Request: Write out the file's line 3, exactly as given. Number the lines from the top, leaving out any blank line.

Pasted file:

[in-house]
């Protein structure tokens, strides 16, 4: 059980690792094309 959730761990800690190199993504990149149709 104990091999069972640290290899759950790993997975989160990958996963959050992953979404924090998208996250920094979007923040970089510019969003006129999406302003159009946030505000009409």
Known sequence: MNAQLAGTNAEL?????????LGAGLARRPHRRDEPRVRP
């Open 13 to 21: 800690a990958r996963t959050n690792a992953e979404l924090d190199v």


Known sequence: MNAQLAGTNAEL?????????LGAGLARRPHRRDEPRVRP